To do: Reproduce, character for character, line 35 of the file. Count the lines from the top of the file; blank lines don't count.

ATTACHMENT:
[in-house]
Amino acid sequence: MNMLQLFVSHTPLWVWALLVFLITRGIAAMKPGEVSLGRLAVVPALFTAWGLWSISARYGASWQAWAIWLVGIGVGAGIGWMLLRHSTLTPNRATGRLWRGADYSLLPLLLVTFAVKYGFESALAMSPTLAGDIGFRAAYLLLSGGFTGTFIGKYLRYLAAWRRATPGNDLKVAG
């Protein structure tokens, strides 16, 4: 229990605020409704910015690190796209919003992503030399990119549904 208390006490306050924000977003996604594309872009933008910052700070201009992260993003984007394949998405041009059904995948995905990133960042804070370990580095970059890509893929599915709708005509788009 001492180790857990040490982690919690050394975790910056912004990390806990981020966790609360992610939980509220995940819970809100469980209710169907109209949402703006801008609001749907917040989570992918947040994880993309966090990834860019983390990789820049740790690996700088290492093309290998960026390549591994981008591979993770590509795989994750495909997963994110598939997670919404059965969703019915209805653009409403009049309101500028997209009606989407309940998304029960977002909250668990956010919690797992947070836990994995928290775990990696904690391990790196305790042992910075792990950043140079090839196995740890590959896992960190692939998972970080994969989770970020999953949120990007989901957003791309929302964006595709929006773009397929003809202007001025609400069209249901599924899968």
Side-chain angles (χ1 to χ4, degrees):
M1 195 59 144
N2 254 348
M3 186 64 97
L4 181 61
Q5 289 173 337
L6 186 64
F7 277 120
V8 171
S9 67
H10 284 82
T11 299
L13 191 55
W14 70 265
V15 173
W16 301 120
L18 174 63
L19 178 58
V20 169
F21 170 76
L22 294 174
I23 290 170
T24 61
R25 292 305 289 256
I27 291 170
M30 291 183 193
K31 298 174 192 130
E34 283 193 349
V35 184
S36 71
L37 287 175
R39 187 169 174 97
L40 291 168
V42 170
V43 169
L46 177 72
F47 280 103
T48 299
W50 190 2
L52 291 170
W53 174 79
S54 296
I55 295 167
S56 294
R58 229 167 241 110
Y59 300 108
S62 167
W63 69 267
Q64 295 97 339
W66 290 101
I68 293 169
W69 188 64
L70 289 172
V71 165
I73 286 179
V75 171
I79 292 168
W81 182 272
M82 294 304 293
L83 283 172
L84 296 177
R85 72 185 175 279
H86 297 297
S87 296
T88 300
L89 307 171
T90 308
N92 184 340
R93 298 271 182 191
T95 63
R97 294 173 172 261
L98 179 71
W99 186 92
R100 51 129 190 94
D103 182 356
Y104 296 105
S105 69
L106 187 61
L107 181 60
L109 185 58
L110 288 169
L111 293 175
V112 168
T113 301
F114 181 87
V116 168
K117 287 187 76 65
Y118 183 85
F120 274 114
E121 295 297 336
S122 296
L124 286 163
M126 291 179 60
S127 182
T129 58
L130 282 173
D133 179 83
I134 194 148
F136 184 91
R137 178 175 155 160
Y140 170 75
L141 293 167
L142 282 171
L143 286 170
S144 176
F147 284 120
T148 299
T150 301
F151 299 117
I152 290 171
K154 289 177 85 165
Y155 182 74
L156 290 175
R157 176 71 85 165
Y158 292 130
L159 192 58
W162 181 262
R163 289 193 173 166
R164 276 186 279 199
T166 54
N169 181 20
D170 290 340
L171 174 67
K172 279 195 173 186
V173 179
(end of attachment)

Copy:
R39 187 169 174 97